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6 Things I Learnt About Myself While Learning How To Write

By Anandi Ellis Nov 13, 2015

Each person in our team has a learning project. We can choose something we struggle with, or something that interests us. I’ve only spent a few weeks learning how to write, but I’ve already learnt some unexpected lessons.

Writing is something I’ve always struggled with. Tasks like emails and quick updates take more time than the actual work I’m doing. That’s one of the main reasons I chose to learn how to write.

1. I need a supportive environment

FireWorks is a team of 6, and we’ve worked together for 2 years. We’ve seen how each team member has grown as we tackle new projects and struggle with things that are new to us all.

Each person spends 5 minutes every second week to show the team their progress. It’s a fun way to share what you’ve learnt, and get some input from the team.

To get better at something means spending a lot of extra hours working on it. Allocating that time to writing isn’t always fun, but knowing that the rest of the team is doing the same has certainly motivated me.

2. Daily relevance keeps me motivated

At the beginning of the year I wanted to learn how to code - I wanted to be the best unicorn there is. As soon as my work increased, I found myself moving it down my priority list. Half a year passed, and I had barely done anything that I set out to do.

A few weeks ago I changed my learning project to writing. This time, I chose something I struggle with and affects my day-to-day life. Improving my writing immediately started saving me time and effort.

3. Getting a cheerleader helped me

FireWorks got an awesome tutor to help me – Nadine.We have a Skype session once a week in which we work through lessons about things I struggle with. This gives me direction and forces me to think hard about what I need help with.

Sometimes I’m nervous to share work I’ve done. Working with Nadine gives me a space where I don’t feel uncomfortable and it gives us the opportunity to go through what I have done and improve it.

4. Organising my thoughts is useful in all situations

My first lesson was about writing emails. It can be a trivial task, but I sometimes find myself proofreading an email 10 times before I send it.

We started with a simple exercise. Identify the who, what, when, where and why of the email. Having those answers ready before you start writing an email makes your message clear and to the point.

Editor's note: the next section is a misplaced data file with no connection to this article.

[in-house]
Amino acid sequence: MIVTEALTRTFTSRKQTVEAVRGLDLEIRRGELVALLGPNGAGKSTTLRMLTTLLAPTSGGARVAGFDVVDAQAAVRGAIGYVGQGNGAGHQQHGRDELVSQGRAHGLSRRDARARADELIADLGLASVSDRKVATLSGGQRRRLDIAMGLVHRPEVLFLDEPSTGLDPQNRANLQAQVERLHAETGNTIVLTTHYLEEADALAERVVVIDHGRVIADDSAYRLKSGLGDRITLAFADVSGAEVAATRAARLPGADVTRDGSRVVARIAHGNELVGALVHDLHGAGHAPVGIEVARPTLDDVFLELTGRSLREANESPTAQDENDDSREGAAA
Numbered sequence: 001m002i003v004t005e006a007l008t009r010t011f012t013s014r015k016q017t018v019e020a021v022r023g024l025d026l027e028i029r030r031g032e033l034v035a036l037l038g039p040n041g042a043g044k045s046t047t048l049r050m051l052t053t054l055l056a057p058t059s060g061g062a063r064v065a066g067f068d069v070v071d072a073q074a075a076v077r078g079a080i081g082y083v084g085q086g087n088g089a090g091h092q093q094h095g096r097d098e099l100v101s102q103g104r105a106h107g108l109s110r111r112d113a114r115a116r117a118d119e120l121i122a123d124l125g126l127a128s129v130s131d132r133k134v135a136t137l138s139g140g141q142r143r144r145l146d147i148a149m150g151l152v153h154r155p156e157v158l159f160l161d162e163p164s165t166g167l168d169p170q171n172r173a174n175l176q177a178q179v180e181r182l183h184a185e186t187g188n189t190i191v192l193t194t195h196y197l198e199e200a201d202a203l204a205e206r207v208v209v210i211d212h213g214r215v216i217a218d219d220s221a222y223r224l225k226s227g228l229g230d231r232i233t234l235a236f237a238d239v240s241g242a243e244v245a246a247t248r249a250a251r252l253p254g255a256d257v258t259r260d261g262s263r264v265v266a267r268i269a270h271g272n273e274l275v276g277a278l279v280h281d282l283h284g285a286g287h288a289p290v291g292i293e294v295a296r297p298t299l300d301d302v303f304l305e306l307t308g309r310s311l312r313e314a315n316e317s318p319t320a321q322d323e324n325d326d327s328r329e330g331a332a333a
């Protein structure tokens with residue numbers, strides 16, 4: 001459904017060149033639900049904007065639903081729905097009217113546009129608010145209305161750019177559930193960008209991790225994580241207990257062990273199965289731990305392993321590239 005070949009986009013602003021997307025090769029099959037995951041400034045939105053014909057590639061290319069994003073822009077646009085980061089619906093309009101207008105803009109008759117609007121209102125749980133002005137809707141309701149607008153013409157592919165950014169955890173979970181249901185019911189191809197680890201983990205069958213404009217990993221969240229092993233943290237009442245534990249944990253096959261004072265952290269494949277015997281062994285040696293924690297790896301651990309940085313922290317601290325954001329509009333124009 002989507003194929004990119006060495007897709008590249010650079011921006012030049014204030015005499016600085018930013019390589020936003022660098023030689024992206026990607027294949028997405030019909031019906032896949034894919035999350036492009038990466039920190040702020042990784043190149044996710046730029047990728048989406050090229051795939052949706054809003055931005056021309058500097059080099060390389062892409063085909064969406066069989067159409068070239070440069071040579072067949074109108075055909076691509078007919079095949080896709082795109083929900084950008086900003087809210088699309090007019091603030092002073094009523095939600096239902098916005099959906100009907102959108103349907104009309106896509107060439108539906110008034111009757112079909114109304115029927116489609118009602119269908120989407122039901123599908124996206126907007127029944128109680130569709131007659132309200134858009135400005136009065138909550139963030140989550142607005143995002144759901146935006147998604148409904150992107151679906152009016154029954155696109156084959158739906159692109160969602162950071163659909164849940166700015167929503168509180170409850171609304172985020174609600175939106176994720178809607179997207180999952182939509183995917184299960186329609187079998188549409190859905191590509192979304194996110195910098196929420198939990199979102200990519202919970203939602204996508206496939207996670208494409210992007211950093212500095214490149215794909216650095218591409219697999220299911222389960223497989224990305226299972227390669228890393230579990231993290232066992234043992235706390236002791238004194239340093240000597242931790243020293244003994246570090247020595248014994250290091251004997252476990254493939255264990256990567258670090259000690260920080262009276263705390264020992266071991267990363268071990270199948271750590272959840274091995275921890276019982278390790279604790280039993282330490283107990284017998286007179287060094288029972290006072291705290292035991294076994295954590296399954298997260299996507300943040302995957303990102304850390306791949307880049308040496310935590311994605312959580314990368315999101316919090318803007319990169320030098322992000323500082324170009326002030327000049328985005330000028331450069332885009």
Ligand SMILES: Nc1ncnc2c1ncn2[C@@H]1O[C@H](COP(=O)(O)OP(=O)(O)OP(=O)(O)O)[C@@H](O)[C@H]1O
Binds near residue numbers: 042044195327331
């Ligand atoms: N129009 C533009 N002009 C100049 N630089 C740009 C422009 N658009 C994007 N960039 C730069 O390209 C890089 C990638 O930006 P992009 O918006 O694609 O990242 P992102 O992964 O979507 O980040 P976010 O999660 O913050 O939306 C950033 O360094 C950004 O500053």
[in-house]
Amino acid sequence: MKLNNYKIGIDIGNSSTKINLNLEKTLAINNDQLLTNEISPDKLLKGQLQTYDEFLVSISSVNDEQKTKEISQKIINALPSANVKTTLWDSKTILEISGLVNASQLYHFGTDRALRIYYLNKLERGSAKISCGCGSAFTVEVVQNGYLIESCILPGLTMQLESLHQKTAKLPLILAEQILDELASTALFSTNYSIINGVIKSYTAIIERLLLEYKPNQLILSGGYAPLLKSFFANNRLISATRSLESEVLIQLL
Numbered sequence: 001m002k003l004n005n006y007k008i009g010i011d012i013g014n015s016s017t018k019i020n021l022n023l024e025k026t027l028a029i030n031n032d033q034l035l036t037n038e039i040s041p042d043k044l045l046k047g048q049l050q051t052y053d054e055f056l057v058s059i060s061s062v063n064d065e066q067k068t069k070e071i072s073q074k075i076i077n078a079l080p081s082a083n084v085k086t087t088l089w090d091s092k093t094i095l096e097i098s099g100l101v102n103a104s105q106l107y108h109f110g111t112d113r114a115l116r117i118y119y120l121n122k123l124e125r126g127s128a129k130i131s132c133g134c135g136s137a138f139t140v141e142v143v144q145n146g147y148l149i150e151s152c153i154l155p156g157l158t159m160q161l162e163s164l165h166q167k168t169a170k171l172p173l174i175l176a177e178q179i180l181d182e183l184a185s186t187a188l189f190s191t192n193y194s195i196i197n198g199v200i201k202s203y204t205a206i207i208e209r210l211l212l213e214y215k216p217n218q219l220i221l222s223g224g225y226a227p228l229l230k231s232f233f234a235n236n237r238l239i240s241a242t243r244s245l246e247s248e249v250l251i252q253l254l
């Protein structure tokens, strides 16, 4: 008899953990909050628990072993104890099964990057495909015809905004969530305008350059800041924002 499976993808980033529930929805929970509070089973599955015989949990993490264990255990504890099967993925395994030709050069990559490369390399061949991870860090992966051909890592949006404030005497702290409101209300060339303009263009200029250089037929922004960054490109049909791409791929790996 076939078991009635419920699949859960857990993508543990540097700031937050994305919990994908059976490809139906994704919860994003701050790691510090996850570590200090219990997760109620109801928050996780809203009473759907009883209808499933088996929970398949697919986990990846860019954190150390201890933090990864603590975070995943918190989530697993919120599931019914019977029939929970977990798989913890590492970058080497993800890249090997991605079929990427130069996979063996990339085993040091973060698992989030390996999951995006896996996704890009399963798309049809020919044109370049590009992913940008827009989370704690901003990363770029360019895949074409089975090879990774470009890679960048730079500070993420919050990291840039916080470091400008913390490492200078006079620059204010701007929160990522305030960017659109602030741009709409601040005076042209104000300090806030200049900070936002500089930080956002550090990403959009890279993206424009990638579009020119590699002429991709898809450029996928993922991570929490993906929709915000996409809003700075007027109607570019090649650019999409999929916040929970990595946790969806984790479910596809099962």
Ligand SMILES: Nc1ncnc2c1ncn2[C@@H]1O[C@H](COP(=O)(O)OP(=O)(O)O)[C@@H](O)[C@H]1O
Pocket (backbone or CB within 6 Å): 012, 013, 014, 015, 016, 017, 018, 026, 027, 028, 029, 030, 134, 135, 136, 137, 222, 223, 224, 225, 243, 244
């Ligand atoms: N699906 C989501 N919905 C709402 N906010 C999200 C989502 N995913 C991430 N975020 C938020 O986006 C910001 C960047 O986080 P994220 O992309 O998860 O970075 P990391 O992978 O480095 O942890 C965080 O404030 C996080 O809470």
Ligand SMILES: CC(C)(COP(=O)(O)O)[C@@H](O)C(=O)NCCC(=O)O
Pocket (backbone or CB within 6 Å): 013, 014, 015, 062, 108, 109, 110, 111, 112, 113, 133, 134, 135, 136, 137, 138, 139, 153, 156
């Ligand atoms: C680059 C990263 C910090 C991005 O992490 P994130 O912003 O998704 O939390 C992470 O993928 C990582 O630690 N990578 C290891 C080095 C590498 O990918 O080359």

This exercise has proven to be one of the most valuable lessons I’ve learned in this process. If I’m going to a meeting, making a presentation, planning my week or writing a blog post - it can be applied in almost every situation.

5. Start with something small

I can say with absolute certainty that writing isn’t a skill you can learn in a few weeks, but there are tools and tricks you can use to make it easier. As I mentioned before, we started with writing an email. It was a small enough task for me to remain comfortable and quickly learn my way around it.

Writing this blog post is as far out of my comfort zone as it can get. By breaking it up into small chunks and working through it step by step, I was amazed at how quickly I made progress. “The secret to getting ahead is getting started.” Mark Twain

6. Sharing is caring

The company has invested time and resources into each of us, and helped us grow to where we are today. Because of that, we’re more invested in the company, where we’re headed, and how we’d like to get there.

When crunch time hits, we work the hours necessary to produce products that we are all proud of. We have sleepless nights about making our products win, and we obsess about the small things.

They say the best time to plant a tree is 20 years ago. That is exactly how I feel about this project. I would’ve saved myself so much time and effort if I’ve started this project earlier. If you’ve considered starting a learning project, there isn’t a better time than right now.

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